HideTechdirt is off for the long weekend! We'll be back with our regular posts tomorrow.
HideTechdirt is off for the long weekend! We'll be back with our regular posts tomorrow.

Mike McCurry: Will You Pay Google's Bandwidth Bills For The Rest Of This Year?

from the worth-asking dept

We've already covered how much dishonesty there is in the network neutrality debate -- often involving editorial pieces in major newspapers penned by lobbyists. In almost every case, those editorials aren't just misleading, they include flat out lies. Broadband Reports points us to the latest, written by Mike McCurry, who runs a lobbying effort funded by AT&T. He's written up an editorial for the Baltimore Sun that doesn't bother to mention his lobbying duties, or who has funded them. McCurry tries to make it seem as though the whole net neutrality thing is simply a ploy by Google to get "free" bandwidth. He notes, derisively, that "a $117 billion company like Google wants legislation that would drive Internet prices higher." Of course, he doesn't happen to mention that his viewpoint is funded by AT&T, who at close of business on Monday appears to be worth (oh, look at that) $117 billion as well.

While we're not convinced legislation is the right solution (it's focused on the wrong thing, first of all), it's extremely worrisome that the telcos and their friends keep resorting to trotting out lies. There are plenty of legitimate reasons to not support the various laws as written, but this constant string of lies certainly suggests that the telcos recognize their position is pretty weak. However, rather than just accepting the rhetoric on both sides, shouldn't we call the lies out? Among the whoppers in the editorial: "The "neutral" proposal that companies like Google are touting will ensure that they never have to pay a dime no matter how much bandwidth they use, and consumers who may only use their computers to send e-mail and play Solitaire get to foot the bill." That's a flat out lie. Google pays tremendously large bandwidth bills, and the more they use the more they pay. However, if McCurry is going to pretend Google "never [has] to pay a dime no matter how much bandwidth they use," let's see him put up or shut up. If McCurry really believes that, will he agree to pay Google's bandwidth bills for the rest of this year? We're sure Google would have no problem having McCurry contribute -- but we doubt he can actually afford their bandwidth bill. Still, if he's so concerned about his own bill from playing Solitaire, we're also quite sure that Google would simply trade him. So, come on, Mike, why won't you trade bandwidth bills with Google? According to you, you wouldn't have to pay a dime...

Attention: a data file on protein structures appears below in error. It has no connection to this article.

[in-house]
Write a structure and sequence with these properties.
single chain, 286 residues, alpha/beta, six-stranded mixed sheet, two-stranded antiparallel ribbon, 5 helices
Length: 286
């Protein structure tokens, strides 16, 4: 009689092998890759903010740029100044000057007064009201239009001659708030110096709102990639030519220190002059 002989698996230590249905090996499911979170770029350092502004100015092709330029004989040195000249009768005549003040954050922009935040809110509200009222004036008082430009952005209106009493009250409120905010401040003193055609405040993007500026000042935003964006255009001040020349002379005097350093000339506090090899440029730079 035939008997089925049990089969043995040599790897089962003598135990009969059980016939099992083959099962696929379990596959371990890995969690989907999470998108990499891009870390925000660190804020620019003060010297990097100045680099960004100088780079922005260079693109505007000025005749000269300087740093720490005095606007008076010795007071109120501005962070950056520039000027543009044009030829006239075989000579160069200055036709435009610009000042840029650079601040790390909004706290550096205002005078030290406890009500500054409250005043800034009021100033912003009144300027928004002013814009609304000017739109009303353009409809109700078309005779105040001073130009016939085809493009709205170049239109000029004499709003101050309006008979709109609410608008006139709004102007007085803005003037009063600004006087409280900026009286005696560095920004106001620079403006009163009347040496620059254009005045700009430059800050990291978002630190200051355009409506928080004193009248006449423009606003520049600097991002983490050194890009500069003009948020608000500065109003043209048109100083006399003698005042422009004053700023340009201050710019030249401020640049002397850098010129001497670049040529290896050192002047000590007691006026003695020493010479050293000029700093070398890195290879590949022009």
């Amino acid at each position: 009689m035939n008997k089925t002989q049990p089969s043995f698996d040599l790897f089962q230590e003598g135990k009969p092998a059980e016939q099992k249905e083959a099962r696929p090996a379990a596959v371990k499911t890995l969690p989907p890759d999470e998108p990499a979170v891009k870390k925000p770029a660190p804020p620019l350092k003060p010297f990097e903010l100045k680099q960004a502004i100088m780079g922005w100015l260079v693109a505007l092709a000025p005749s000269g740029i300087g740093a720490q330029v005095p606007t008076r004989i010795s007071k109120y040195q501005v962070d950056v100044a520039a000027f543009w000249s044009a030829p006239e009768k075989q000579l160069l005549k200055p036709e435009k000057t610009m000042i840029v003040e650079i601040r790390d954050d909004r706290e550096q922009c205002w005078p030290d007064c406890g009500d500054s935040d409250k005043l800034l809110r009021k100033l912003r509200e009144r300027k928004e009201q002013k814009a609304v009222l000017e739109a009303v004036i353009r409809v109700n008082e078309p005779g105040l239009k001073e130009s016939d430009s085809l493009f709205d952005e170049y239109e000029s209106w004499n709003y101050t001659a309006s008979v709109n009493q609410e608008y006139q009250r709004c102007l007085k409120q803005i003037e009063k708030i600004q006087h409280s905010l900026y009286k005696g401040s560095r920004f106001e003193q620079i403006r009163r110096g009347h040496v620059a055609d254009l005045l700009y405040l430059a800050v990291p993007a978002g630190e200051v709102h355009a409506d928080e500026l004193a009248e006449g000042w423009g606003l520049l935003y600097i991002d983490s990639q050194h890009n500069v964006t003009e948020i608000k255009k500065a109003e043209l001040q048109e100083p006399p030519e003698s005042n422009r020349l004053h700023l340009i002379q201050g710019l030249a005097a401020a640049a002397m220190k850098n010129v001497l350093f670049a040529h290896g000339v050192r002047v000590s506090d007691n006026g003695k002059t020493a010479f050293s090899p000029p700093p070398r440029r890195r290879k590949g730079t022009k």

Reader Comments

Subscribe: RSS

View by: Time | Thread


  1. identicon
    Kirt Olson, 1 Aug 2006 @ 9:09pm

    Re: But what does this guy know?

    " On the technical side, my objection to the 'Net Neutrality' bills (Markey, Snowe-Dorgan, Sensenbrnner, Wyden) is the ban on for-fee Quality of Service [QoS]. QoS is a legitimate service offering, especially in the day of BitTorrent and what's to follow it.

    "QoS is perfectly permissible under the original architecture of the Internet - IP packets have a Type of Service field - and it's necessary if you want to offer telco-quality voice. The original architecture was flawed in that it didn't have overload protection."

    You mix comments on fee-for-QoS and QoS alone. I have no problem with QoS offerings on a flat-fee Internet. If we decide that certain services need specific packet handling, let's do it for all comers as part of the service. The proposed laws prohibit the fees, not the function.

    "They all seem to be worried that ISPs have secret plan to sell top rank - to pick a search engine that loads faster than anyone else's. But it's not clear that a), anyone has done that; b), that it's technically achievable; or c) that it is necessarily abusive; or d) that their customers would stand for it."

    It is clear that organizations:

    a) have chosen favored {applications|partners|suppliers} and arranged that they worked better than competitors or even blocked competitors altogether. Antitrust legislation offers some relief, but even so organizations try these tactics.

    b) used laws to bolster what may have been technically marginal as in the DMCA.

    c) abuse laws, regulations, standards and contracts to enrich themselves at the expense of weaker players.

    d) possess a reach that eliminates or reduces customer's abilities to affect the organization. Absent local competitors and high levels of consumer interaction, bad suppliers thrive on the customers who don't know another way.

    Markets do not automatically provide social good or technical superiority. Neither does regulation do this automatically. It takes thought, effort, discussion, and political action to approximate social good.

    --Kirt

Add Your Comment

Have a Techdirt Account? Sign in now. Want one? Register here



Subscribe to the Techdirt Daily newsletter




Comment Options:

  • Use markdown for basic formatting. (HTML is not supported.)
  • Remember name/email/url (set a cookie)

Follow Techdirt
Special Affiliate Offer

Advertisement
Report this ad  |  Hide Techdirt ads
Essential Reading
Techdirt Deals
Report this ad  |  Hide Techdirt ads
Techdirt Insider Chat
Advertisement
Report this ad  |  Hide Techdirt ads
Recent Stories
Advertisement
Report this ad  |  Hide Techdirt ads

Close

Email This

This feature is only available to registered users. Register or sign in to use it.